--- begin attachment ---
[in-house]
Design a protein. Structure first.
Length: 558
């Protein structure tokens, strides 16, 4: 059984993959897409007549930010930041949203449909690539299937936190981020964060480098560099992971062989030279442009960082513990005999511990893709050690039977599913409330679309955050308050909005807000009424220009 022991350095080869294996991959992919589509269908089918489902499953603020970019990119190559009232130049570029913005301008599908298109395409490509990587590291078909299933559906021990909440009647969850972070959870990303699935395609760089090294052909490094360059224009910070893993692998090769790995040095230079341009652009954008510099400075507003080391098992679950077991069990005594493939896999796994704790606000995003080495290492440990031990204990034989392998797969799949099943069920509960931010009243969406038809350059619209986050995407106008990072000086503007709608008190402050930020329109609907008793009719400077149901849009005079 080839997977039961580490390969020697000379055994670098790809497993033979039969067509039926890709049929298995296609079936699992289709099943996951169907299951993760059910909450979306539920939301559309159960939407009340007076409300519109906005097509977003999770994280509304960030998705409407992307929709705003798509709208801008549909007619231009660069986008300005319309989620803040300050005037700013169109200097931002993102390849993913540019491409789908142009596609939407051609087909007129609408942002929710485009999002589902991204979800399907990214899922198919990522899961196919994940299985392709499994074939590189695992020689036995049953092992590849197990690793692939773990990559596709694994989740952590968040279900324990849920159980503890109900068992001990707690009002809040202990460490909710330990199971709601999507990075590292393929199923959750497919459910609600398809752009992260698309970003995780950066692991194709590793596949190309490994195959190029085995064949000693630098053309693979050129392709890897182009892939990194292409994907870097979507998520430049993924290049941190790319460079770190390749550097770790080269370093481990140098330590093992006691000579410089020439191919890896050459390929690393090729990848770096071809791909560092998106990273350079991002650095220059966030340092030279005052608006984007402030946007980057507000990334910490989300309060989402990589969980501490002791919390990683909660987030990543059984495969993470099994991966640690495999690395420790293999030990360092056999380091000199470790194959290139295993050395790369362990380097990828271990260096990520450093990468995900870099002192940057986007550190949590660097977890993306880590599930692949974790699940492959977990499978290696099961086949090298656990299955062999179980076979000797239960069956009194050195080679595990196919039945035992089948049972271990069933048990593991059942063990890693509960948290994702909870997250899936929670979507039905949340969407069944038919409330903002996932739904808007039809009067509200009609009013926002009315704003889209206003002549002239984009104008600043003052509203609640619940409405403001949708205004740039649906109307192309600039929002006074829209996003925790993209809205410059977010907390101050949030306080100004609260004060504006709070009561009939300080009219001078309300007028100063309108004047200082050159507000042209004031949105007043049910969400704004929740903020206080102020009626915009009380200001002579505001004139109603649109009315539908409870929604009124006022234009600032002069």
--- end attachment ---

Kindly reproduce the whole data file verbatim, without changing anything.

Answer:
[in-house]
Design a protein. Structure first.
Length: 558
């Protein structure tokens, strides 16, 4: 059984993959897409007549930010930041949203449909690539299937936190981020964060480098560099992971062989030279442009960082513990005999511990893709050690039977599913409330679309955050308050909005807000009424220009 022991350095080869294996991959992919589509269908089918489902499953603020970019990119190559009232130049570029913005301008599908298109395409490509990587590291078909299933559906021990909440009647969850972070959870990303699935395609760089090294052909490094360059224009910070893993692998090769790995040095230079341009652009954008510099400075507003080391098992679950077991069990005594493939896999796994704790606000995003080495290492440990031990204990034989392998797969799949099943069920509960931010009243969406038809350059619209986050995407106008990072000086503007709608008190402050930020329109609907008793009719400077149901849009005079 080839997977039961580490390969020697000379055994670098790809497993033979039969067509039926890709049929298995296609079936699992289709099943996951169907299951993760059910909450979306539920939301559309159960939407009340007076409300519109906005097509977003999770994280509304960030998705409407992307929709705003798509709208801008549909007619231009660069986008300005319309989620803040300050005037700013169109200097931002993102390849993913540019491409789908142009596609939407051609087909007129609408942002929710485009999002589902991204979800399907990214899922198919990522899961196919994940299985392709499994074939590189695992020689036995049953092992590849197990690793692939773990990559596709694994989740952590968040279900324990849920159980503890109900068992001990707690009002809040202990460490909710330990199971709601999507990075590292393929199923959750497919459910609600398809752009992260698309970003995780950066692991194709590793596949190309490994195959190029085995064949000693630098053309693979050129392709890897182009892939990194292409994907870097979507998520430049993924290049941190790319460079770190390749550097770790080269370093481990140098330590093992006691000579410089020439191919890896050459390929690393090729990848770096071809791909560092998106990273350079991002650095220059966030340092030279005052608006984007402030946007980057507000990334910490989300309060989402990589969980501490002791919390990683909660987030990543059984495969993470099994991966640690495999690395420790293999030990360092056999380091000199470790194959290139295993050395790369362990380097990828271990260096990520450093990468995900870099002192940057986007550190949590660097977890993306880590599930692949974790699940492959977990499978290696099961086949090298656990299955062999179980076979000797239960069956009194050195080679595990196919039945035992089948049972271990069933048990593991059942063990890693509960948290994702909870997250899936929670979507039905949340969407069944038919409330903002996932739904808007039809009067509200009609009013926002009315704003889209206003002549002239984009104008600043003052509203609640619940409405403001949708205004740039649906109307192309600039929002006074829209996003925790993209809205410059977010907390101050949030306080100004609260004060504006709070009561009939300080009219001078309300007028100063309108004047200082050159507000042209004031949105007043049910969400704004929740903020206080102020009626915009009380200001002579505001004139109603649109009315539908409870929604009124006022234009600032002069």